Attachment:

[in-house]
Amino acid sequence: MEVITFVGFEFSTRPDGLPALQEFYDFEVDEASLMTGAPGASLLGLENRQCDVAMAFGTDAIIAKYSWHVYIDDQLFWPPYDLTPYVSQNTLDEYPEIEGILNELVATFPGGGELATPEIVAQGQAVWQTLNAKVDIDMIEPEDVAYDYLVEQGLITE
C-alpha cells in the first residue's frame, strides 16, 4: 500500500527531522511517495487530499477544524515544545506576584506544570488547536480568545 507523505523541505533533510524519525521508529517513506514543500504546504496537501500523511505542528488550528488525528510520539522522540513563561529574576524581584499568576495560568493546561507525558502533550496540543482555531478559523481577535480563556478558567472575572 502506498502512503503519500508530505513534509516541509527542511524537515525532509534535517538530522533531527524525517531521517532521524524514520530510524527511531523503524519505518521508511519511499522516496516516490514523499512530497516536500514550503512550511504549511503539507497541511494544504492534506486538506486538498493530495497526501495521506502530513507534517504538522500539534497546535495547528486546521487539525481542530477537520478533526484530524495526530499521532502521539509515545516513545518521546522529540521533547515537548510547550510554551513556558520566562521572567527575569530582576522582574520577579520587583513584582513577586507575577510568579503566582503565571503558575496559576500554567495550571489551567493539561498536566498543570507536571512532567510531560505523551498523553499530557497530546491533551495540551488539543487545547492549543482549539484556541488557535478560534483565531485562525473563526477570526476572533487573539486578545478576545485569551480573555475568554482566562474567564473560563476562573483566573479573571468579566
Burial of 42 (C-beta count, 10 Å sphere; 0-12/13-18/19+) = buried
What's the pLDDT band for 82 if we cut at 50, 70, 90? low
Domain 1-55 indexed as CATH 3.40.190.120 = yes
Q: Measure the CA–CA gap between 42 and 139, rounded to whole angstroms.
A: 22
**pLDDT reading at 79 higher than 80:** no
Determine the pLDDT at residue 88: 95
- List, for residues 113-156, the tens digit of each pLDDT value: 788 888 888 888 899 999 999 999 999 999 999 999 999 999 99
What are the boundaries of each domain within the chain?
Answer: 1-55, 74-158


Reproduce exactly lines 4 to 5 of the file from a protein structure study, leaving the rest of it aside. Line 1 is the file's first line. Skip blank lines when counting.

Burial of 42 (C-beta count, 10 Å sphere; 0-12/13-18/19+) = buried
What's the pLDDT band for 82 if we cut at 50, 70, 90? low